Only when a technology can fulfill these first two conditions, then it can evolve to fulfill higher level requirements.


This need refers to a person’s need to have a feeling of belonging to a “Social” group, whether it’s a family unit, a community or an organization. It’s natural, he claims, for humans to form social units.

In much the same sense, the FedElecTag platform provides a social connotation that meets the feeling of belonging. The FedElecTag platform belongs to a digital ecosystem that includes an established UNICOR E-License plate store and a web-based Federal Motor Vehicle Registration System (FMVRS). The FedElecTag Dashboard and mobile app only enhances this existing online community.


Humans need to enjoy some form of esteem. People, to one degree or another, are concerned with being recognized and with achieving a certain status, importance, and respect from others.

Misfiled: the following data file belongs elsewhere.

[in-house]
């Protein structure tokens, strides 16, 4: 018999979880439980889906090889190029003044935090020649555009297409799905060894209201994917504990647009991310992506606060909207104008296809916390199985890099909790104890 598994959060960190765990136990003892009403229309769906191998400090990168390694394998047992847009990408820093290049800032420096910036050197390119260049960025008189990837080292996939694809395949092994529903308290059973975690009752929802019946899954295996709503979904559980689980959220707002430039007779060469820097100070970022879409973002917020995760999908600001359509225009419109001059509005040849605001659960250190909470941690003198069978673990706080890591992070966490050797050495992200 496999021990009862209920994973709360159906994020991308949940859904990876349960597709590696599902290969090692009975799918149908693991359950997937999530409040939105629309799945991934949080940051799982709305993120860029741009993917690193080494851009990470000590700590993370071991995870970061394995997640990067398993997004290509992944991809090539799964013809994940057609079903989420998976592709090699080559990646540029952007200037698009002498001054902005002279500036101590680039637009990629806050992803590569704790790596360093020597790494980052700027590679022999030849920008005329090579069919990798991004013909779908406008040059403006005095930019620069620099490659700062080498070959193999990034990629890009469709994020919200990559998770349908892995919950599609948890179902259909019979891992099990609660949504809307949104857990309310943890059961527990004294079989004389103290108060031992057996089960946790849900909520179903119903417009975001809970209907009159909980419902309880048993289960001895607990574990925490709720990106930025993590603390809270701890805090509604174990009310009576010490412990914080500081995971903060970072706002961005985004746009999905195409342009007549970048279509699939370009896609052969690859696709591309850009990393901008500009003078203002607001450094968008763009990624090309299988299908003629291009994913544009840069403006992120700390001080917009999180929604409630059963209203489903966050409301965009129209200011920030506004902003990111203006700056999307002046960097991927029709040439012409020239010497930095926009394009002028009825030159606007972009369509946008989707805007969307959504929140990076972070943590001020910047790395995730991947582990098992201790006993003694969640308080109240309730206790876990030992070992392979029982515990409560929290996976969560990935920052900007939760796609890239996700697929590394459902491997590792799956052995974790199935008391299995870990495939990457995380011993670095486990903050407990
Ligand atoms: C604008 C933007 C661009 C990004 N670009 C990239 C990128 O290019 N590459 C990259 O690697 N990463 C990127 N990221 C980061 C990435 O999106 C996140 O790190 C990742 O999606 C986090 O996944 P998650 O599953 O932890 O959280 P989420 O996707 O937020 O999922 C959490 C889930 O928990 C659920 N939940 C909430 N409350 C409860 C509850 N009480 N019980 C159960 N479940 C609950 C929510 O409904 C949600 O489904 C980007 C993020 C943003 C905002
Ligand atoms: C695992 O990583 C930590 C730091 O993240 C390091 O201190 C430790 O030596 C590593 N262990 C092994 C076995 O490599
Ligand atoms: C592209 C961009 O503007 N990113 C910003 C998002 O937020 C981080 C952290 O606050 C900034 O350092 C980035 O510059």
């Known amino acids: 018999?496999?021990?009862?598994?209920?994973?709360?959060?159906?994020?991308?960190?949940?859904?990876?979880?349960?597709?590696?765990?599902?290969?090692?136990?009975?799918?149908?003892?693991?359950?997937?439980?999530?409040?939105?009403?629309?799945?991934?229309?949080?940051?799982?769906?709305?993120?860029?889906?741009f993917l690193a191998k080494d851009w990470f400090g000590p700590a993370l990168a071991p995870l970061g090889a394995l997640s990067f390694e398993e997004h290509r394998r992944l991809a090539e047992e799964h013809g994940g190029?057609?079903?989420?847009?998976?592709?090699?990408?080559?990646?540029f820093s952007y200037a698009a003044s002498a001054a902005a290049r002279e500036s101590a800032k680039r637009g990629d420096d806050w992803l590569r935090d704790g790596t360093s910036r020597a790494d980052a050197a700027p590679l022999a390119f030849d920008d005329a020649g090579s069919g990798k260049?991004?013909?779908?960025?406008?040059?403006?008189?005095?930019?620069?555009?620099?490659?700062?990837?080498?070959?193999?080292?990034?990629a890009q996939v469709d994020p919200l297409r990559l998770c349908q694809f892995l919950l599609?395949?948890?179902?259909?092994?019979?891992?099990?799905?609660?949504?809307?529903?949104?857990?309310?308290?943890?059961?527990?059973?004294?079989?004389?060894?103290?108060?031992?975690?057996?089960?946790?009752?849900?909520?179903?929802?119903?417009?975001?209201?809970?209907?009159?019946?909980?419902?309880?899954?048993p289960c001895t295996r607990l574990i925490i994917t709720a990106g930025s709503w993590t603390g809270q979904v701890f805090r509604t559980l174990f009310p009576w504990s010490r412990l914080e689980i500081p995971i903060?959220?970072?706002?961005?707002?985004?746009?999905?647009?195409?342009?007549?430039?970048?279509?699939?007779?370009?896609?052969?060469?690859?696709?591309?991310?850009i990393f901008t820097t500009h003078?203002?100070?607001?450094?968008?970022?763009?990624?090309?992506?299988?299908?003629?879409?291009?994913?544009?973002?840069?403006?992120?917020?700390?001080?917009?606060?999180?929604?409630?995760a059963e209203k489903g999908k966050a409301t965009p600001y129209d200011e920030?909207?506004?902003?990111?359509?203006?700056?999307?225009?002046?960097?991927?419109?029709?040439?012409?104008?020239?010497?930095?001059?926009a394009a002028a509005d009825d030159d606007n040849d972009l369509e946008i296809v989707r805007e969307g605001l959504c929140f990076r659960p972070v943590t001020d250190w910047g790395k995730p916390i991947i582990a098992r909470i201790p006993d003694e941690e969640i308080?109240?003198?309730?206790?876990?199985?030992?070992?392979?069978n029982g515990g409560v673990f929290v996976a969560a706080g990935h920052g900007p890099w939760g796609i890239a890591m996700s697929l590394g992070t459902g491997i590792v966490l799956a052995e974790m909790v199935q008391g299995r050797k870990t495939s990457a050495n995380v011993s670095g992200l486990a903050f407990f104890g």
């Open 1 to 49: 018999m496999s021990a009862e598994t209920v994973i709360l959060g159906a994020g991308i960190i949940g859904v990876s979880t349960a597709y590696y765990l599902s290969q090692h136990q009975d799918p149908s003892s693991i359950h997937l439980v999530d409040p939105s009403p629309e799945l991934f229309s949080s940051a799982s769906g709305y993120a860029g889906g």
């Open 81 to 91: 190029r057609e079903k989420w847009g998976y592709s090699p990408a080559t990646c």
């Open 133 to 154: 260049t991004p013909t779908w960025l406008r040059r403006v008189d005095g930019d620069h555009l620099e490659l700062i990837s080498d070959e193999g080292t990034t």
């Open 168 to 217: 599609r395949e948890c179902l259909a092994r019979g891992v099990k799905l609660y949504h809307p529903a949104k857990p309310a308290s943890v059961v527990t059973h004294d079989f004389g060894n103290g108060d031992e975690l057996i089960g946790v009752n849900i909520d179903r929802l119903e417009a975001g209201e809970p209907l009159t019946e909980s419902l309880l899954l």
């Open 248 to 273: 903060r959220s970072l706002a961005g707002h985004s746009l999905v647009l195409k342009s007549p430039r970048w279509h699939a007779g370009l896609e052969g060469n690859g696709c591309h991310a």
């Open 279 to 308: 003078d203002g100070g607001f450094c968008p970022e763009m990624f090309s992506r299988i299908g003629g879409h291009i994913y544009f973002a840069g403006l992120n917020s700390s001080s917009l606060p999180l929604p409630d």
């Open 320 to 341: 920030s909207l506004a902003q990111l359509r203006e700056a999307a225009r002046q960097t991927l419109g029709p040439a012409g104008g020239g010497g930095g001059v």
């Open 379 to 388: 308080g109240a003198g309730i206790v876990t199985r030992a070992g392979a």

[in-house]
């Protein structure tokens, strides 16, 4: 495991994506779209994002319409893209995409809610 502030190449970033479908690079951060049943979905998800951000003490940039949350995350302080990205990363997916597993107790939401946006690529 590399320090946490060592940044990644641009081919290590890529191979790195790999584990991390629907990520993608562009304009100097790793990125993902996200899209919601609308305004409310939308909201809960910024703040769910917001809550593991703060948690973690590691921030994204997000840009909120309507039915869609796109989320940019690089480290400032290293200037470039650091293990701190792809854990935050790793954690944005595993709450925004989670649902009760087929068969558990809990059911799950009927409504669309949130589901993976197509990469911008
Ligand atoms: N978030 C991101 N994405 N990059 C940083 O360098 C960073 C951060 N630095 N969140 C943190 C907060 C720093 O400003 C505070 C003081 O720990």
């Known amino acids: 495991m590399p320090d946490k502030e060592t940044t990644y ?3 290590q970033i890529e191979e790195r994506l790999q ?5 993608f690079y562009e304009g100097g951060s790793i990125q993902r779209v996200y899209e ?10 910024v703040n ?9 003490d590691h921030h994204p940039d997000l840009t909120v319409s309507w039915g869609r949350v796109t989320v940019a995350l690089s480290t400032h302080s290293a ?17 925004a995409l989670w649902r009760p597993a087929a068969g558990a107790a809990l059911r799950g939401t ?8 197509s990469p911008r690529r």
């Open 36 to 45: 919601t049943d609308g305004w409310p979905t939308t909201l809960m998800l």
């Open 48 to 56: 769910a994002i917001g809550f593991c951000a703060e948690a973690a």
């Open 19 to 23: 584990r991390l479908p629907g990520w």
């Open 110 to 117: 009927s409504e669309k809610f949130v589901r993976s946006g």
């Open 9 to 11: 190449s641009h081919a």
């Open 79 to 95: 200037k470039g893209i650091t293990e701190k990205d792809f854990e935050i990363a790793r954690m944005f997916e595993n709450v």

The equivalent for the FedElecTag technology is becoming “Self-Sustainable.” That is, once a technology has satisfied the previous conditions, it stands at the threshold of shifting from a technology that’s trying to grow, to a technology that thrives and even dominates in the marketplace. For instance, the Android O/S, introduced in 2007 became the best-selling O/S for smartphones in 2011 and for tablets in 2013, now boasting more than 2 billion users (Source: Wikipedia: Android Operating System ).

The FedElecTag becomes self-sustainable because, through its artificial intelligence and machine learning components, it becomes autonomous by analyzing the data it produces to become more effective and proficient.


As people satisfy many of their important needs, most eventually seek to become self-actualized— which means to become all one can be. For example, we strive to achieve the highest levels in our careers and income. Depending upon what each person values most, we try to reach the highest possible level of achievement according to our individual focus on what we deem most important. For some people, achieving this level leads even further to transcendence—more on this below.